The local market snapped a four-day losing streak but analysts see the upswing as a mere blip ahead of the closely watched central bank meetings in the United States and Japan next week.
With North Asian markets in Greater China and South Korea shut for a holiday, Singapore investors had little regional distraction, allowing the Straits Times Index (STI) to close 21.93 points or 0.78 per cent higher at 2,827.45.
This followed a four-day, 3.07 per cent slump. The cautious mood was reflected in the somewhat subdued trading yesterday, with only $828.1 million worth of shares traded. For the week, the STI pared 1.6 per cent.
Overnight, Wall Street added 0.99 per cent, likely due to the weaker-than-expected August retail sales figures in the United States.
"I don't expect any big bet until Janet Yellen and Haruhiko Kuroda take the podium," said KGI Fraser Securities trading strategist Nicholas Teo, referring to the Federal Reserve chair and Bank of Japan governor presiding at the respective monetary policy meetings next week.
Still, the rebound saw 20 of the 30 STI component stocks end higher. Hongkong Land Holdings put on 13 US cents or 1.94 per cent to US$6.83, and City Developments rose 16 cents or 1.84 per cent to $8.86, both with just around 1.5 million traded shares.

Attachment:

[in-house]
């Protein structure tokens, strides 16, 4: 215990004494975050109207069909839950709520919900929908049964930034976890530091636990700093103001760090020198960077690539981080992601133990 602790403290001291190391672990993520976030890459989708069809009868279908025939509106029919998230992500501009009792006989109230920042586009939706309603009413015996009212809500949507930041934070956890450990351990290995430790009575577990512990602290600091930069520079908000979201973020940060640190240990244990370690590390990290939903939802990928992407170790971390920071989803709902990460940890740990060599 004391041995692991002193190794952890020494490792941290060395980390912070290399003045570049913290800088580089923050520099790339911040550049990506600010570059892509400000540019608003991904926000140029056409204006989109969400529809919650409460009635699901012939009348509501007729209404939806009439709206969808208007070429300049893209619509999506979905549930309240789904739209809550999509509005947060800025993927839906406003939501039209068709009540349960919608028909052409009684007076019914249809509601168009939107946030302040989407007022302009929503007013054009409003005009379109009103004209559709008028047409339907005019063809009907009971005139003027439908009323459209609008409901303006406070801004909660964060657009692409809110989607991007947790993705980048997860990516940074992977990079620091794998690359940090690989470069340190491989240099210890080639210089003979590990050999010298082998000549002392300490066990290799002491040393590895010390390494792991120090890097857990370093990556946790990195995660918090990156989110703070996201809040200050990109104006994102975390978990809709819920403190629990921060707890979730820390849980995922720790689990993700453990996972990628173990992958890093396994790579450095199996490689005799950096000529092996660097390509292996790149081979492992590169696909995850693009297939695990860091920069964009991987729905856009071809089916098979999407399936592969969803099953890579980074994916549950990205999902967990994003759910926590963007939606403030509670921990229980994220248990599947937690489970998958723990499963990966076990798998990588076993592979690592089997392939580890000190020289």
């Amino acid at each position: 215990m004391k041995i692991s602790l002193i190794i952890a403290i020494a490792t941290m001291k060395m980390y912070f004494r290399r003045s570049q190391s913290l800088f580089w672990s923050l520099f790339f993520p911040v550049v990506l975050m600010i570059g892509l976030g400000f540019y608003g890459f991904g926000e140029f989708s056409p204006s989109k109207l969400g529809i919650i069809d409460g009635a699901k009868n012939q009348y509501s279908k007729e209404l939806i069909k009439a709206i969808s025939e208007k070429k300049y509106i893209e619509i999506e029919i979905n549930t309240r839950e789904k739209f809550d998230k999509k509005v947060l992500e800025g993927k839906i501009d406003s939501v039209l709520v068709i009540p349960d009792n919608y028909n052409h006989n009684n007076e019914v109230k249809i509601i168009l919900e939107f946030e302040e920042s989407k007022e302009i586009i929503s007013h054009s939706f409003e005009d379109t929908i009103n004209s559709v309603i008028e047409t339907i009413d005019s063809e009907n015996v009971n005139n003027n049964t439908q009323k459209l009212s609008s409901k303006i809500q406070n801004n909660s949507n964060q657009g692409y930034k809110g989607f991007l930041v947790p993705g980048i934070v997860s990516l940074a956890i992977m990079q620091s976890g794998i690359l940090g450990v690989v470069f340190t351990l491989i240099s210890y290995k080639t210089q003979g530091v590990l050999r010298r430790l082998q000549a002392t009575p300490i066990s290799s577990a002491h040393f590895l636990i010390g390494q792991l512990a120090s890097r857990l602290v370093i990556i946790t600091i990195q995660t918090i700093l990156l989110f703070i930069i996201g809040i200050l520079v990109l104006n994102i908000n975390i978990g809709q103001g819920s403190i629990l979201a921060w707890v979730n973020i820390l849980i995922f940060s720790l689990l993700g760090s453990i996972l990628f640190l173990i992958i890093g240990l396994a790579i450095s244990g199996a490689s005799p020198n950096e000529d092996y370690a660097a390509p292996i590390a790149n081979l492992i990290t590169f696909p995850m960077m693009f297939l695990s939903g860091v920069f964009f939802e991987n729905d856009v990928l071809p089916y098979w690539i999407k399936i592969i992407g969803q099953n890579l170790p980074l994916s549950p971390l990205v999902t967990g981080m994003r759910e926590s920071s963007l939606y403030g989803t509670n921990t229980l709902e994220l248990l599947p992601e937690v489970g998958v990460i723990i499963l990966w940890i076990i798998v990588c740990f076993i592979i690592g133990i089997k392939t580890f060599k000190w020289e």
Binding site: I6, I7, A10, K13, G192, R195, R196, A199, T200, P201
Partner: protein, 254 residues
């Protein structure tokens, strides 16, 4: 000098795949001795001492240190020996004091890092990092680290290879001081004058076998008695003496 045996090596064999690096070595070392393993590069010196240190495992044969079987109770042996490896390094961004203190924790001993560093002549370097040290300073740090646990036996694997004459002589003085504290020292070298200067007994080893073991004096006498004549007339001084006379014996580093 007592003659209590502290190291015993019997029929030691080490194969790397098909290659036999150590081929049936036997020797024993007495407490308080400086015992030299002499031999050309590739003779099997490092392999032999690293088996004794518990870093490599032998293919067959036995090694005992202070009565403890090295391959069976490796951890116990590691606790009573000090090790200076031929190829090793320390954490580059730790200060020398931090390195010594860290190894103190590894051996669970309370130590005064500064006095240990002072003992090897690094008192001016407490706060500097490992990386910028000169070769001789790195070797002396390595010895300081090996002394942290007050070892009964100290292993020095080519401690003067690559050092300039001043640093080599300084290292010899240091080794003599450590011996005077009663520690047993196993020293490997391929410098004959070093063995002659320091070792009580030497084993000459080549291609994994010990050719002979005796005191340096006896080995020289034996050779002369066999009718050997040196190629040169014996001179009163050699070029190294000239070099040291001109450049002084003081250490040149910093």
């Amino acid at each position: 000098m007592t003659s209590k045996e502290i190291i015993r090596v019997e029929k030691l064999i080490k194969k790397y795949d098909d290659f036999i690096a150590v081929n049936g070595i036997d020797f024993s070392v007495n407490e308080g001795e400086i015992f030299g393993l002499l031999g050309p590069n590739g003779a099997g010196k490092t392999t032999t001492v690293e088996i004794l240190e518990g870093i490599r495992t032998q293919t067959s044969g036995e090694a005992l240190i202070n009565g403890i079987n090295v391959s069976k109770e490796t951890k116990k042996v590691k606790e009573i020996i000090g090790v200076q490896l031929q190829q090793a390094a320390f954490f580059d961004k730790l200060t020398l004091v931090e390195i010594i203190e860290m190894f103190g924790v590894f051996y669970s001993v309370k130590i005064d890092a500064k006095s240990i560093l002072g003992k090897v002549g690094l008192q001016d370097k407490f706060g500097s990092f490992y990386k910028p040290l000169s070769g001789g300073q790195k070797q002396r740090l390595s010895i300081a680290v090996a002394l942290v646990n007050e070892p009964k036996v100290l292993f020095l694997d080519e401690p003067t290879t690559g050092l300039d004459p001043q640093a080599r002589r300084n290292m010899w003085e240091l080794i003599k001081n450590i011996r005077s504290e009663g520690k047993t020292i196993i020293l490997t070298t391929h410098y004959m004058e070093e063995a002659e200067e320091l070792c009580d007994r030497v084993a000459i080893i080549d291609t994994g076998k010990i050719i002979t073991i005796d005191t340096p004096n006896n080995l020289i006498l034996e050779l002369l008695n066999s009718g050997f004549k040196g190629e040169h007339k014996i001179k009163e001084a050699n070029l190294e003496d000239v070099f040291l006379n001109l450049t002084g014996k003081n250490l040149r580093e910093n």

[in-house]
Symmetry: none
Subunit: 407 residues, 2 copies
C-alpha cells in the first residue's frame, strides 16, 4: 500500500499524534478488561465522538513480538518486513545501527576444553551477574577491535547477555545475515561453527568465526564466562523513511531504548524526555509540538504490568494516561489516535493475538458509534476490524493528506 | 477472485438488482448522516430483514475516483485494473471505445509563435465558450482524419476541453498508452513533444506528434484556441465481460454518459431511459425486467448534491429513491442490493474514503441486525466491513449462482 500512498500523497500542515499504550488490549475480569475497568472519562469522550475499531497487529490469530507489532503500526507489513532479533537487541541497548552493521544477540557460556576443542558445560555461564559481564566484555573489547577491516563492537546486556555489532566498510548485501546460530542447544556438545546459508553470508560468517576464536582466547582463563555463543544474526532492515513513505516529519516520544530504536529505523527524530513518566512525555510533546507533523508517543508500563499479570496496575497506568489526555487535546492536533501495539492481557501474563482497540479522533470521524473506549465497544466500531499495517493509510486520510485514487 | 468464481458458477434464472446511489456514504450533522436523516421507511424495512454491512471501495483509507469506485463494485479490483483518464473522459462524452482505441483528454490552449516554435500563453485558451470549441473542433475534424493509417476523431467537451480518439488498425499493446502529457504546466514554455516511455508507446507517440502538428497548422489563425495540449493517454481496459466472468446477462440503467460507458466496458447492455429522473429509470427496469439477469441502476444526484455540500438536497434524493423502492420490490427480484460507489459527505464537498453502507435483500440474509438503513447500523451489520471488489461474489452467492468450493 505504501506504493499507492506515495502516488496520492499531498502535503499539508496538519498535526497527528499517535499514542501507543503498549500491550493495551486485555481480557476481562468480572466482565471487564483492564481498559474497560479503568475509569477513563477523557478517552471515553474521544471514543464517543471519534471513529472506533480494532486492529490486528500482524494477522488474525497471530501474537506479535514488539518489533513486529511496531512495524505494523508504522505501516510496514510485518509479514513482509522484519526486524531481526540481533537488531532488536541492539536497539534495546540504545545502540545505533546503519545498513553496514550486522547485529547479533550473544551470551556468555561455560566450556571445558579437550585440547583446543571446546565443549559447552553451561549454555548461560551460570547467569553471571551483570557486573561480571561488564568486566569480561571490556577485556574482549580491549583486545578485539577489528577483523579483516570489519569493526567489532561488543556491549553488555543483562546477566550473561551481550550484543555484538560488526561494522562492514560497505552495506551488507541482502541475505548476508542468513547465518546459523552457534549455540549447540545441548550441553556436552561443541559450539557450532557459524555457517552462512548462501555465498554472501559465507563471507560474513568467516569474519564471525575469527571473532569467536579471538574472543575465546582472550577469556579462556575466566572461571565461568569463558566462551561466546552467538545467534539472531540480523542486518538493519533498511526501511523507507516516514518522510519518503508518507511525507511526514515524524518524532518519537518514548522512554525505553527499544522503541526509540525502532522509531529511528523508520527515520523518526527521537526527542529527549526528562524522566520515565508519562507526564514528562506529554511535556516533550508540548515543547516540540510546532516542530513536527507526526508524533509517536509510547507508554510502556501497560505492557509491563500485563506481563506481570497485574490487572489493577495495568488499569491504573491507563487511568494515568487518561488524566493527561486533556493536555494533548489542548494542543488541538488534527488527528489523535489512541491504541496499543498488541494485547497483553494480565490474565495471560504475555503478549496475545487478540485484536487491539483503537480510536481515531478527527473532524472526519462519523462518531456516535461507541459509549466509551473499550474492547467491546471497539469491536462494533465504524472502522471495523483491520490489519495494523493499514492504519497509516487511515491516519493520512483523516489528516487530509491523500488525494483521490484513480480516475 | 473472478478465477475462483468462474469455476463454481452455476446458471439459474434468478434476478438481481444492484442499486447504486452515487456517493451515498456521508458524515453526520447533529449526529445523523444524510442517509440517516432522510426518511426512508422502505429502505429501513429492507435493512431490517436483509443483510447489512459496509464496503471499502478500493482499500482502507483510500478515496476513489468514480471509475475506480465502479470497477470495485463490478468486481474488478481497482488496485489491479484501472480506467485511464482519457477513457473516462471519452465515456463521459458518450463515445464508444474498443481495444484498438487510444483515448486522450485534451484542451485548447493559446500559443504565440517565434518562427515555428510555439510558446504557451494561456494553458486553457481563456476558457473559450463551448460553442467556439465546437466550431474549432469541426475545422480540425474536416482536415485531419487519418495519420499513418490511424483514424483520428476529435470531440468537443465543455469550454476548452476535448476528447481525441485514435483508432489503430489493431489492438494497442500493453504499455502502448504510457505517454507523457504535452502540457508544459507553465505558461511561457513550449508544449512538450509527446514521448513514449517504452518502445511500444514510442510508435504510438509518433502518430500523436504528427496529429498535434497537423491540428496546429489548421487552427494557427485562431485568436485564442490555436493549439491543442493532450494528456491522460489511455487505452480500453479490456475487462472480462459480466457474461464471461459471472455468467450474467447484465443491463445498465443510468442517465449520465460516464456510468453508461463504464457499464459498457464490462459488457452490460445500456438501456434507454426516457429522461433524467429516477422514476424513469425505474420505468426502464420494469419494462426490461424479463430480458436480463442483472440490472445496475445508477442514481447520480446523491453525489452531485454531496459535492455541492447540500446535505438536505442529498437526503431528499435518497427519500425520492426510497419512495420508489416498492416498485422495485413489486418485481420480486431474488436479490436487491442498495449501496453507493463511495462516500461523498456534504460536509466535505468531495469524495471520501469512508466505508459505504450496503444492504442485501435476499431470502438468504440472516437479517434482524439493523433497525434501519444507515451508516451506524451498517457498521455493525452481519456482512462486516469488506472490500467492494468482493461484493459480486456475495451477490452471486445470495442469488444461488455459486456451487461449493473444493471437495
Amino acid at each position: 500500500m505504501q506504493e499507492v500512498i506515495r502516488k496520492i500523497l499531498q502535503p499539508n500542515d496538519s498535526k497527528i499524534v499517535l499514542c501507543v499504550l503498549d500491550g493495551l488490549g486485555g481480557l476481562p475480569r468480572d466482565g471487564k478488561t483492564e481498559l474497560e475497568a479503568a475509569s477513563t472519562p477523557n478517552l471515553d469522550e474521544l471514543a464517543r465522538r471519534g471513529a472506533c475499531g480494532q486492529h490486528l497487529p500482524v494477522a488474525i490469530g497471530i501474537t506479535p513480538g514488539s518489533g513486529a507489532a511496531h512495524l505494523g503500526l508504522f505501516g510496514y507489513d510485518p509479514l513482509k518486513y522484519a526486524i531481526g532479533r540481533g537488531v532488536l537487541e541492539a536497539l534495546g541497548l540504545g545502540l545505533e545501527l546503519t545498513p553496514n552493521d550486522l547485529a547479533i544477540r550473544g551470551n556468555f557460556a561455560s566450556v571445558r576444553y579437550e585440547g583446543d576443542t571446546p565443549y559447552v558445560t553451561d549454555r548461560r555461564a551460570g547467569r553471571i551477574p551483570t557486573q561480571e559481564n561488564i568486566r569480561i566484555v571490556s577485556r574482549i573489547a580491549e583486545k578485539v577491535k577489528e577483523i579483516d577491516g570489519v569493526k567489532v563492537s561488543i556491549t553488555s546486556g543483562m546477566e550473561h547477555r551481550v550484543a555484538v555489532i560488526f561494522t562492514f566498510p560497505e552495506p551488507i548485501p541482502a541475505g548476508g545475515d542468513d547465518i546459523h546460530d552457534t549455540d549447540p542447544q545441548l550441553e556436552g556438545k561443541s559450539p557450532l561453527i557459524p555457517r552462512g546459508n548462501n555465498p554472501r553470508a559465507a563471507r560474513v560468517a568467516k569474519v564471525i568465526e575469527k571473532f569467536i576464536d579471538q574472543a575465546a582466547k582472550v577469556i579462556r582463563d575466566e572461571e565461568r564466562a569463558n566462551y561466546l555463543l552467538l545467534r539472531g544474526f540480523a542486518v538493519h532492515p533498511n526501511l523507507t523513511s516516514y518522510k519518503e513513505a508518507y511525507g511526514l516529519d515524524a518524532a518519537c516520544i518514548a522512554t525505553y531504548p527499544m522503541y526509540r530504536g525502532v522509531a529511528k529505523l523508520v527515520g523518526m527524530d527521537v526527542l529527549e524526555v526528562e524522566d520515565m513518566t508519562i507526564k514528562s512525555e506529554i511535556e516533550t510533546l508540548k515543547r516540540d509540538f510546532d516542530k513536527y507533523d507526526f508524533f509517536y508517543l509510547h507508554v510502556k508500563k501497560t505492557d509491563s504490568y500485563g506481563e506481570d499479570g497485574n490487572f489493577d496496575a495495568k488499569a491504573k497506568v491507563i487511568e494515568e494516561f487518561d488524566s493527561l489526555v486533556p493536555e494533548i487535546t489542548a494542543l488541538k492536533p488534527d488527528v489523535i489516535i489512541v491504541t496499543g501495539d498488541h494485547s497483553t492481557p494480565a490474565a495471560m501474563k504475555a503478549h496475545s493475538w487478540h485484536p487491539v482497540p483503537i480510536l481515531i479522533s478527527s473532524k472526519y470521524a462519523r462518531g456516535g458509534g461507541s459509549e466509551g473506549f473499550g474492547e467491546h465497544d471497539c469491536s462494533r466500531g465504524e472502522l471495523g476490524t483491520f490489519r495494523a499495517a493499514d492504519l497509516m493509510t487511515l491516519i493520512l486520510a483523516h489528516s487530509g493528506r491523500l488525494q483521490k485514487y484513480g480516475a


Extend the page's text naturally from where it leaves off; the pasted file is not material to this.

Singtel was more active, gaining two cents or 0.51 per cent to $3.91 on 24.4 million transacted shares. StarHub also rose, up three cents or 0.87 per cent to $3.46. M1, which is outside the STI, rose two cents or 0.82 per cent to $2.46. After the extended sell-off since late last month amid talk of a fourth operator, the telco sector is now finding its bottom and may see inflows from investors seeking safety in dividend plays. The trio's dividend yield ranged from 4.5 per cent to 6.2 per cent.
Keppel Corp closed up four cents or 0.77 per cent at $5.22 while Sembcorp Marine ended flat at $1.25. Beginning next Monday, SembMarine will be out of the STI, replaced by Jardine Matheson Holdings - which dropped 55 US cents or 0.91 per cent to US$60.14 - in the index's quarterly review.
The top losing blue chip was Jardine Cycle & Carriage, down 60 cents or 1.43 per cent to $41.40. UOL Group closed down one cent or 0.18 per cent at $5.51, while Global Logistic Properties was off one cent or 0.54 per cent to $1.825.
Outside the STI, Rickmers Maritime continued its plunge, losing half a cent or 8.2 per cent to 5.6 cents, after announcing its inability to repay bonds due next March.
But not all companies in the marine and energy sector were shunned by investors.
PEC added one cent or 2.02 per cent to 50.5 cents, pushing its one-month gain to 23.17 per cent. The oil and gas engineering firm has been a market favourite despite the sector's woes, attracting investors with improved earnings in the three months to June 30.